Climate facts: Debunking Scott Morrison’s COP26 speech

Nov 7, 2021
Scott Morrison and Boris Johnson at COP26.
Australia risks facing sanctions if it doesn't do better on climate change. (Image: Flickr/Number 10)

Some of Scott Morrison’s claims in his COP26 speech were dubious, so the experts at the Climate Council have done his homework for him.

Prime Minister Scott Morrison has addressed world leaders at COP26 in Glasgow with a speech that was light on commitments and credibility, but heavy on spin.

Morrison claimed that his government was acting on climate change “the Australian way”. However, based on the federal government’s track record, its “way” of responding to the climate threat is very unAustralian and includes:

  • Blocking global collaboration on climate action;
  • Promoting the extension and expansion of fossil fuels like coal, oil and gas;
  • And refusing to step up and set ambitious climate goals; and

Even with a new net zero by 2050 target, Australia remains dead last on climate. Our actions so far at COP26 have only cemented our global reputation as a climate action blocker.

Here, we’ve unpacked a few of the dubious claims made by the PM in his COP26 address.

The PM claimed…

That Australia’s emissions have dropped by 20 per cent since 2005

The facts…

Three quarters of Australia’s emission reductions since 2005 have come from changes in land management (in other words, not cutting down as many trees). When it comes to reducing emissions from electricity and moving beyond fossil fuels, Australia has made almost no progress. In fact, apart from small declines during the operation of the carbon price, and throughout the pandemic, our total emissions excluding land use have steadily increased since 1990.

The PM claimed…

That Australia’s emissions reduction targets are fit for the world stage

The facts…

Our 2030 emissions reduction target is woeful, weak and well below what the science says is necessary. Other developed countries, and most major economies, have committed to roughly halving their emissions by 2030, while Australia is only committed to reducing emissions by 26–28 per cent below 2005 levels.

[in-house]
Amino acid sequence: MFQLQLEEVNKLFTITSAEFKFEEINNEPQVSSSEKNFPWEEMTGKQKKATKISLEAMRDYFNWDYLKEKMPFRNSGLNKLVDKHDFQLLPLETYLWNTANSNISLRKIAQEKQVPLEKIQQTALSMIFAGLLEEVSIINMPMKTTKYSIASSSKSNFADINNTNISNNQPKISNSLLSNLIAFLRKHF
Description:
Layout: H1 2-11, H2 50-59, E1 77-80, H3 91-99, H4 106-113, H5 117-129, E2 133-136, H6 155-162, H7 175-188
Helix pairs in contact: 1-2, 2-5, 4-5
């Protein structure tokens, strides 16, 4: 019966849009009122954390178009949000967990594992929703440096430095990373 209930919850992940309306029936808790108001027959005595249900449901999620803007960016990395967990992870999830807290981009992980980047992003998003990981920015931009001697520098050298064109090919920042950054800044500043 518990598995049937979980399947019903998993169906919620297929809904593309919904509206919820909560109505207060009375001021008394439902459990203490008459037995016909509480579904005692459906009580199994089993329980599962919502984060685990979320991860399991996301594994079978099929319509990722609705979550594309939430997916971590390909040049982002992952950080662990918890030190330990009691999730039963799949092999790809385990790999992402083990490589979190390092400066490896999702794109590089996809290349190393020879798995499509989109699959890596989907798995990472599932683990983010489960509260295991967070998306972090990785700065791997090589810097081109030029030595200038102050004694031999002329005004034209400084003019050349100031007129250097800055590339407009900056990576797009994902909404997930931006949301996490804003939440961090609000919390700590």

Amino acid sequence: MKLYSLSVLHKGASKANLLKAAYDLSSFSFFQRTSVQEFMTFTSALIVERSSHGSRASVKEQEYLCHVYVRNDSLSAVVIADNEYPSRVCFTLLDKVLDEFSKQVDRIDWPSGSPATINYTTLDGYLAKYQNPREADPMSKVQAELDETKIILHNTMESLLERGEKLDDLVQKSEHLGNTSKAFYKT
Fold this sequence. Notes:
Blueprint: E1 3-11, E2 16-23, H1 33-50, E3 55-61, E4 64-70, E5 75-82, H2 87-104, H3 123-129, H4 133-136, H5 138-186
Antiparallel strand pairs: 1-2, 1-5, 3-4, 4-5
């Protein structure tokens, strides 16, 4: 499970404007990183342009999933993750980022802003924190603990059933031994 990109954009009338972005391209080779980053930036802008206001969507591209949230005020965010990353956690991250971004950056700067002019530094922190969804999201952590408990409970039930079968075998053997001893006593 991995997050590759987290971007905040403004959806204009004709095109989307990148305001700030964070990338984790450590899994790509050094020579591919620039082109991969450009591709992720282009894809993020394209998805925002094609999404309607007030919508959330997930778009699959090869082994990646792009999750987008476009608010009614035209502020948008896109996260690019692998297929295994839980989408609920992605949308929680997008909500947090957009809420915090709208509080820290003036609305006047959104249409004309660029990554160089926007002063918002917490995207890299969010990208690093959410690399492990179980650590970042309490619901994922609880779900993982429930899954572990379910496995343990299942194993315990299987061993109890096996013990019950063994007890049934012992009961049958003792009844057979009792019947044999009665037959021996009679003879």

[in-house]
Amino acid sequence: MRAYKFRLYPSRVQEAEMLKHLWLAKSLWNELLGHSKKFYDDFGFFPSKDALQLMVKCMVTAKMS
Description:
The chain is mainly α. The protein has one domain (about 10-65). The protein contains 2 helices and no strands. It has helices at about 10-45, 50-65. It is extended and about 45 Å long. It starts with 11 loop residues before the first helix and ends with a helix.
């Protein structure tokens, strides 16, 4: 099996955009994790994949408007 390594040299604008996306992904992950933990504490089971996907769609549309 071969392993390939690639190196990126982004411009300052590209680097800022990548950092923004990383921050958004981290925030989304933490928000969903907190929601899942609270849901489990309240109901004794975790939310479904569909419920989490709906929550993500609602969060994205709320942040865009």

There’s no prize for beating the most pathetic targets in the developed world (except runner up for Fossil of the Day…), and as we experience increasingly catastrophic climate-fuelled weather events here on home soil, it’s Australians who ultimately lose.

The PM claimed…

That Australia is doubling its international climate finance between 2020-2025

The facts…

Australia is not fulfilling its full responsibility to help developing countries deal with the impacts of climate change. Plus, providing climate finance to developing nations is no substitute for strong, bold actions to cut emissions this decade.

On an annual basis, Australia’s commitment (of $2 billion between 2020-2025) represents only around 0.3 per cent of the international goal of mobilising $US100bn/year. Independent assessments have placed Australia’s fair share of this goal at around 2.4 per cent — or $2.4 billion every year, instead of over five years. Even with this announcement of increased international climate financing, Australia is well behind where it needs to be.